I'm still recovering my equilibrium (and my voice) after a week in Kansas City for the 2013 Romantic Times BookLovers Convention. It was a terrific convention this year, and I enjoy RT more each time I attend. At some point I'll reach maximum velocity of squeeing joy and spontaneously combust, but it hasn't happened yet.
RT is an amazing enterprise for a few reasons—and if you're a librarian, it's worth considering a trip. As a fan convention, RT is a four-day event centered around a much-loved common interest—in this case, romance novels, all the varieties thereof, and the people who write, edit, and read them. Attendees take days off work, leave home and job responsibilities, to take a vacation that is focused on books. I don't know if I can fully describe how awesome I find that.
Plus, authors arrive eager to interact with readers, share news about their books and learn about new books they want to read—as romance authors are also romance readers, too.
There is an ever-increasing number of librarians who attend RT, in part because there is a librarian track of convention events, and in part because the librarians who are romance fans and romance readers are among the most awesome kind of librarian. Not only are there sessions about every sub-genre within romance, from steampunk to resurging Regency backlist, but there are opportunities to meet authors, receive copies of books, and learn about new publications, new sub-genres and popular trends that might be requested tomorrow at a local library. Plus, there's the awards ceremony, where the top books from many, many different flavors of romance are honored, including MelJean Brook, whose book Riveted was the RT 2012 Book of the Year.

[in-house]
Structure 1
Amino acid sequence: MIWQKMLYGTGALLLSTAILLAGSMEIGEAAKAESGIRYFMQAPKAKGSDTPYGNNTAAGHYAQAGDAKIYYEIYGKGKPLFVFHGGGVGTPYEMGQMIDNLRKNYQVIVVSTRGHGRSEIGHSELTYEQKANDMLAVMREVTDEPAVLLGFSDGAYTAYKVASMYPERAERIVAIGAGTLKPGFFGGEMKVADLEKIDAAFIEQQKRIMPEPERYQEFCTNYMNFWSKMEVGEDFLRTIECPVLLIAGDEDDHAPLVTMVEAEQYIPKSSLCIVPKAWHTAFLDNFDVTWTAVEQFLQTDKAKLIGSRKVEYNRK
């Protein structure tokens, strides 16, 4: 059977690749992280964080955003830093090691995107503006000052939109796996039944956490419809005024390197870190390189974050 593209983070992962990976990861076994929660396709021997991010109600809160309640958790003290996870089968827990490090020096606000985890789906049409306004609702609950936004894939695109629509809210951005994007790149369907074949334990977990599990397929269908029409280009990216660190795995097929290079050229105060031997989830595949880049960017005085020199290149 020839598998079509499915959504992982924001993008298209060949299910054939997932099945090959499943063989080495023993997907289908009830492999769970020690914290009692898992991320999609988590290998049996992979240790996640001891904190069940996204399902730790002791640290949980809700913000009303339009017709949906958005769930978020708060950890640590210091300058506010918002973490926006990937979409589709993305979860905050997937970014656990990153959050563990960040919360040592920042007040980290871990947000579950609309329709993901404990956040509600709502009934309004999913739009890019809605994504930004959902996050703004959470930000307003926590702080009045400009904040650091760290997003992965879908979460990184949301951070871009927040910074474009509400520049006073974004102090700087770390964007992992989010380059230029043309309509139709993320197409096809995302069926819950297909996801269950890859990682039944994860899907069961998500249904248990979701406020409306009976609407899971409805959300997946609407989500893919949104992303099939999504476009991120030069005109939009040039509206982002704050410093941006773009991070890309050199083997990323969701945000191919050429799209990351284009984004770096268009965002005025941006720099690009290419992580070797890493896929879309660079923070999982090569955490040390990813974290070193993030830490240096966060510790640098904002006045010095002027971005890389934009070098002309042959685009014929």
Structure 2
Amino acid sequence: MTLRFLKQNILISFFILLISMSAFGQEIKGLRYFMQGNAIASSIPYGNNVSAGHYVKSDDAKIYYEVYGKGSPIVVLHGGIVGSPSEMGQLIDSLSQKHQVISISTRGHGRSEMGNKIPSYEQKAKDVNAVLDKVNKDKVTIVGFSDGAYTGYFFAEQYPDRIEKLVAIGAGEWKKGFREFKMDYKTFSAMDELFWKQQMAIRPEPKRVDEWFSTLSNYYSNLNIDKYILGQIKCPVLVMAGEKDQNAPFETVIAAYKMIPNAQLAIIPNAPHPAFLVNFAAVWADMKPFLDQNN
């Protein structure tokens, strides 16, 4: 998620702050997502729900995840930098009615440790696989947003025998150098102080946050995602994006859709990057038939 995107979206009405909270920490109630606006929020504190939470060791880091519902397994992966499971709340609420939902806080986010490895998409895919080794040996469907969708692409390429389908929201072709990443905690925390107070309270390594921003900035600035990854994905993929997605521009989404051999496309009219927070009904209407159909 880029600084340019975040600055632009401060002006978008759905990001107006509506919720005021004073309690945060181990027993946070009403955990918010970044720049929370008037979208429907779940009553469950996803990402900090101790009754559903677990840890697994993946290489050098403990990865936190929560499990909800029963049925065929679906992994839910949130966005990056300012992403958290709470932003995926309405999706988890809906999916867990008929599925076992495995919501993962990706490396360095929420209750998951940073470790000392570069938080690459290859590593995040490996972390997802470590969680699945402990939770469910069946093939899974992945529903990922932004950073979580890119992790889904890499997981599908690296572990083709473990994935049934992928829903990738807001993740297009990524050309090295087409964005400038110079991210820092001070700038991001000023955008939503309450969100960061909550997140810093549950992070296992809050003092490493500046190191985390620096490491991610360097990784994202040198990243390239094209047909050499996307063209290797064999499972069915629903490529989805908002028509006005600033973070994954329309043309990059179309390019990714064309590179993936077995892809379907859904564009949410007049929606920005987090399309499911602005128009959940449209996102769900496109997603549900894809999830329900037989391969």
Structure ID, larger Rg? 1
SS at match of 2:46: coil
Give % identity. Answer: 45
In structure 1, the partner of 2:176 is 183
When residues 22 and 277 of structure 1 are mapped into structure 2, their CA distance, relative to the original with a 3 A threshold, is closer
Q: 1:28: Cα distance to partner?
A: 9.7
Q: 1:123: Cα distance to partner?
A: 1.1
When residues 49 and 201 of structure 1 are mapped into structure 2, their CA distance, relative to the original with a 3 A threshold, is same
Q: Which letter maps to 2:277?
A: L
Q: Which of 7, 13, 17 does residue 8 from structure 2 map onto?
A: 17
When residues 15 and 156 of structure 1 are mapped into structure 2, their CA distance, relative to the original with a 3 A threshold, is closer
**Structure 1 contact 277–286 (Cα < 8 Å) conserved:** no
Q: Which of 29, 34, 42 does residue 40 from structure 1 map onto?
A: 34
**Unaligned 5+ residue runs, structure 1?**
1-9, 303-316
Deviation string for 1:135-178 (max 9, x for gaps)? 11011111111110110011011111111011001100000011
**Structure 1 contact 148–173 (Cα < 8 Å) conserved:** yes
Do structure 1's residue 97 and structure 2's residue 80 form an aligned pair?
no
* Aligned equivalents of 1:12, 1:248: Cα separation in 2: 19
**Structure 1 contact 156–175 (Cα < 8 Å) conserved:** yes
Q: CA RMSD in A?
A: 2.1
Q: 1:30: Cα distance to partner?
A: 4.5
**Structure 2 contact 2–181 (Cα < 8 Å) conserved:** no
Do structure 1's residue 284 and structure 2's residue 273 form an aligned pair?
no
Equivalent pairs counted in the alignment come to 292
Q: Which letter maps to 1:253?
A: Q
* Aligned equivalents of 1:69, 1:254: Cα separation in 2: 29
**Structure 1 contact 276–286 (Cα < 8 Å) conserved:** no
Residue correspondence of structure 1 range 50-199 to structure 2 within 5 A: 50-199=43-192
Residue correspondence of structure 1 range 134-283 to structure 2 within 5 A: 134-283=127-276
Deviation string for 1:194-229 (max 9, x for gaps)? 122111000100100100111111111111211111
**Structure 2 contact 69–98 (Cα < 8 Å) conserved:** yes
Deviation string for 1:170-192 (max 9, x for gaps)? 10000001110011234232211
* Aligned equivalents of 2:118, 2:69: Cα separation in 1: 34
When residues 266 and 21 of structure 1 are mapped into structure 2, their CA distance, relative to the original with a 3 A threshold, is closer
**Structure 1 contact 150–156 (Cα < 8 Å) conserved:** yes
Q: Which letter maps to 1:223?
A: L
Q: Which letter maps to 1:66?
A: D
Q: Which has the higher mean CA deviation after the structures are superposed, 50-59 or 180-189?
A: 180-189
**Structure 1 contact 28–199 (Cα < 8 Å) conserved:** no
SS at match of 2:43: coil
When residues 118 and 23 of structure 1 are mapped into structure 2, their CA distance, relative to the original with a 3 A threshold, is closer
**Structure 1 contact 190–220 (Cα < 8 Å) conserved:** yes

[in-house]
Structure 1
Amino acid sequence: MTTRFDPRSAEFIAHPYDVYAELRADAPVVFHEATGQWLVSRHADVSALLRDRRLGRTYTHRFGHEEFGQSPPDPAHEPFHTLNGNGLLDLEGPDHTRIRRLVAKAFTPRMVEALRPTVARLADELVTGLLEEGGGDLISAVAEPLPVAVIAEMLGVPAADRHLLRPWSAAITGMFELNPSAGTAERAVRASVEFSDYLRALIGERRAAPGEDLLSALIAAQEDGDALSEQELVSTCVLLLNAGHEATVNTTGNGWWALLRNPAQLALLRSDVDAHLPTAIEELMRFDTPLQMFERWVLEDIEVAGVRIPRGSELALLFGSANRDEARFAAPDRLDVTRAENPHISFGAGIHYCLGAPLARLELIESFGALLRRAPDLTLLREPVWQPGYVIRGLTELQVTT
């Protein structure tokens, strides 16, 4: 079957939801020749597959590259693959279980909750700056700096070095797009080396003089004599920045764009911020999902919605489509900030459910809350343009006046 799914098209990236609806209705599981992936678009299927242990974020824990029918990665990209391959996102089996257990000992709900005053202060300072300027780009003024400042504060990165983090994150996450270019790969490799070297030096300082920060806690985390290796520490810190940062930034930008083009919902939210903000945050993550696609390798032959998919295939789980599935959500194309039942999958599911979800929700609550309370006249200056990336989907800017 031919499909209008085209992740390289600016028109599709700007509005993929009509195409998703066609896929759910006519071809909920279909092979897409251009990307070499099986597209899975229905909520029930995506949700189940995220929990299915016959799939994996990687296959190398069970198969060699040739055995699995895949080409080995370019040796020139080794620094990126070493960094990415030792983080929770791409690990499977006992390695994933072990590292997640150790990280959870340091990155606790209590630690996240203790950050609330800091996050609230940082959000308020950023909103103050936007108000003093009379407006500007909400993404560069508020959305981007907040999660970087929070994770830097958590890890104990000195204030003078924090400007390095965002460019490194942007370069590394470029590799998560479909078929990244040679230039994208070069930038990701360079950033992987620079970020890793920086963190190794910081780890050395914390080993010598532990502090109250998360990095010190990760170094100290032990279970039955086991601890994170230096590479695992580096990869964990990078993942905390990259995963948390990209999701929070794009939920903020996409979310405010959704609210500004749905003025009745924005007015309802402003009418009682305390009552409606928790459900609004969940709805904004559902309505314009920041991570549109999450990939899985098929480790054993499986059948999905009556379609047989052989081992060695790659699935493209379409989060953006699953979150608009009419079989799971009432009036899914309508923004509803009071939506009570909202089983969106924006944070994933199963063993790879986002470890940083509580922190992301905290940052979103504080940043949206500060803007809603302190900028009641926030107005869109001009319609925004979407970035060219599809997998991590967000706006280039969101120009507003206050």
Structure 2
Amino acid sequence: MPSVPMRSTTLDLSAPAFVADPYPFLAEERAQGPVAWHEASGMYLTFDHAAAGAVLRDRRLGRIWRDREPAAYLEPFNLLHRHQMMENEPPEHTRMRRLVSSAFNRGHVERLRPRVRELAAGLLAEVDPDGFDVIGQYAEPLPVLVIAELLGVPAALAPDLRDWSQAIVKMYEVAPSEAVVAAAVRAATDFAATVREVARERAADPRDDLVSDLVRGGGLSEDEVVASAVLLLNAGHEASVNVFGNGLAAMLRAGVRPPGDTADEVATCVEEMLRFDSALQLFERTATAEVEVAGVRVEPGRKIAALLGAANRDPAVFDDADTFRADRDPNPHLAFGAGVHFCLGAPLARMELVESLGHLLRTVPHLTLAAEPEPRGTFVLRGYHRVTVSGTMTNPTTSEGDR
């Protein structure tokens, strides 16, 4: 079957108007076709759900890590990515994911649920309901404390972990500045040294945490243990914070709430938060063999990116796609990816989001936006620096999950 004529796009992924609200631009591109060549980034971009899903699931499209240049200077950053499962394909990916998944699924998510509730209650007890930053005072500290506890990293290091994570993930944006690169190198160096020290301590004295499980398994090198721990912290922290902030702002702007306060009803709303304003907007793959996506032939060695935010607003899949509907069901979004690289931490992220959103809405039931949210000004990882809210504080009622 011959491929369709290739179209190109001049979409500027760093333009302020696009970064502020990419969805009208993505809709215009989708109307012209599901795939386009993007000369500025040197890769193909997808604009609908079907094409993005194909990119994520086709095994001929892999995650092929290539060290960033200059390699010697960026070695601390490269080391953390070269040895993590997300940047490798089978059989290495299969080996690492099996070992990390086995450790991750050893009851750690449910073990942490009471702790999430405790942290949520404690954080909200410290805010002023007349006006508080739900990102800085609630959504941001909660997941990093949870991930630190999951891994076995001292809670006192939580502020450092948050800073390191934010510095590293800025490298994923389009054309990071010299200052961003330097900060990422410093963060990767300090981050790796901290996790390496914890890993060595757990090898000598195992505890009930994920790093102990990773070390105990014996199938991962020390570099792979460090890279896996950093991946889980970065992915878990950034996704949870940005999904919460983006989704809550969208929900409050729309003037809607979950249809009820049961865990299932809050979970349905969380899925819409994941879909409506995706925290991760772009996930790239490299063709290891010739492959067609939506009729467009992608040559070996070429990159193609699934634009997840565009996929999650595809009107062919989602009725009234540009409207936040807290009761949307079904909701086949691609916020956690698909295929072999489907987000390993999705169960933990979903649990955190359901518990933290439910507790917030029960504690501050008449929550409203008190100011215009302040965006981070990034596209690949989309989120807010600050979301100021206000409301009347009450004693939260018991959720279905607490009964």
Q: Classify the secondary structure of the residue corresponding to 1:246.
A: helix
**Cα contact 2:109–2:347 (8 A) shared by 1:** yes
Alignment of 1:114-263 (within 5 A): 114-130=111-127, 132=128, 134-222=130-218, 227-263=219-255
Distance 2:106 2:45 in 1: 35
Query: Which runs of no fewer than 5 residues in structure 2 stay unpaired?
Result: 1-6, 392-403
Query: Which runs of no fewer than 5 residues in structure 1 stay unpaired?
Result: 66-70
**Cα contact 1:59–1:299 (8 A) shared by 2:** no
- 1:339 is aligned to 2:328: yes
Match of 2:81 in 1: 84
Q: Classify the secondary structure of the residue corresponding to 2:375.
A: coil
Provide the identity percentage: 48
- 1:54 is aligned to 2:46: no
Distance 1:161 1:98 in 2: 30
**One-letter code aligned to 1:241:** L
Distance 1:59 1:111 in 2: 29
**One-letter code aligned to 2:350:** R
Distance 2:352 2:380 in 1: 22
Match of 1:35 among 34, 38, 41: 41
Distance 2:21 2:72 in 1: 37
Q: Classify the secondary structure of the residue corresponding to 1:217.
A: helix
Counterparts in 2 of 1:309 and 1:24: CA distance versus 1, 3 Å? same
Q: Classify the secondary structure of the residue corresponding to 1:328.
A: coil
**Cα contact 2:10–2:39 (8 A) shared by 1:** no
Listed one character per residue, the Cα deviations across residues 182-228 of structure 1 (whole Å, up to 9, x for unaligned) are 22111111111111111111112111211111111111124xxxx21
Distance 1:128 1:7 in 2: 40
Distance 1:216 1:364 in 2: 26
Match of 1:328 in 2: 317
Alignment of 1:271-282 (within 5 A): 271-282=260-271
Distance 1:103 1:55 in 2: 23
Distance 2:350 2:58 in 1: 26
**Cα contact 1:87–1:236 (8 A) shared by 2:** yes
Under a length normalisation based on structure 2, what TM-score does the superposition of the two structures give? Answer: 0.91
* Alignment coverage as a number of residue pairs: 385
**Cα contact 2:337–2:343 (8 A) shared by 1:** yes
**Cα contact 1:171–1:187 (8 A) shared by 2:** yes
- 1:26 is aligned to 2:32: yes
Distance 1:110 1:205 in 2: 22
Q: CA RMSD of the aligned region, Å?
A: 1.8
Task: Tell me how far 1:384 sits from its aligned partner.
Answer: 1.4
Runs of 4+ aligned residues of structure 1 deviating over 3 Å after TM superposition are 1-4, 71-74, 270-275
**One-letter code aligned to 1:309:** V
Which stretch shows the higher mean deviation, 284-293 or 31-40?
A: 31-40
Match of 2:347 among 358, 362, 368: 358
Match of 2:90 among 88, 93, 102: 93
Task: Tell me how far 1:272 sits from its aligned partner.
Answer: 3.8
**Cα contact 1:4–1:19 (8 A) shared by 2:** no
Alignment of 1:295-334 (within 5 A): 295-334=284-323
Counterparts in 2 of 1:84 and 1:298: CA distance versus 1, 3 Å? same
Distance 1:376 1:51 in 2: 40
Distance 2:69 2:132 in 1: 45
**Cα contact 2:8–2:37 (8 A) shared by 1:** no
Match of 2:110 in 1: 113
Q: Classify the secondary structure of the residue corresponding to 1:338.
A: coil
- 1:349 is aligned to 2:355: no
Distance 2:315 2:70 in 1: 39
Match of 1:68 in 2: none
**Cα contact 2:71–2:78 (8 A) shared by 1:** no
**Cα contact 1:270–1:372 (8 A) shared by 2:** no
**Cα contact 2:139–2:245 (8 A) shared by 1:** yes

RT, by the way, is also very welcoming of library patrons. If you're not an RT convention attendee, admission to the Saturday Mega Book Signing is $5 at the door—but it's free if you show them your library card. Good on you, RT.
This year, the Mid-American Library Alliance hosted a one-day symposium on romance that I was part of, starting with a discussion of romance collection building (technical librarian stuff I confess I don't quite understand), followed by an afternoon of presentations about romance as a genre and the romance readership (that was my presentation). The day ended with a panel of authors answering questions about their books, and many other questions related to romance and libraries.
I know several of the authors who attended the MALA one-day conference, and some were coming directly from the airport so they could be there for the cocktail hour. So many authors recognize the importance of librarians in connecting readers with new romances to read, and we (I include myself in that pool of authors, even though I keep forgetting I am one) welcome the opportunity to meet more librarians.
For me, there's an incredible amount of misunderstanding about what librarians do, and I'm (if you hadn't noticed) terribly curious about how library collections work and how libraries decide to add romances to their circulation. Librarian events built around and within RT are a tremendously influential opportunity to learn more about various library collections, and I confess, when I see "Librarian" on a namebadge, I make a graceless beeline to speak to that person.
I hope if you're a romance-reading librarian, you'll consider coming to the 2014 RT in New Orleans. I have nothing to do with the conference planning and I get no incentive for recommending it, except the opportunity to meet you and meet so many other readers. It's easily one of my most favorite events of the year, and I hope you'll consider it.
Sarah Wendell is the co-creator, editor and mastermind of the popular romance blog Smart Bitches, Trashy Books. She loves talking with romance readers, and hopes you'll share your new favorite romance reading recommendations. You can find her on Twitter @smartbitches, on Facebook, or on her couch, most likely with her eyeglasses turned towards a book.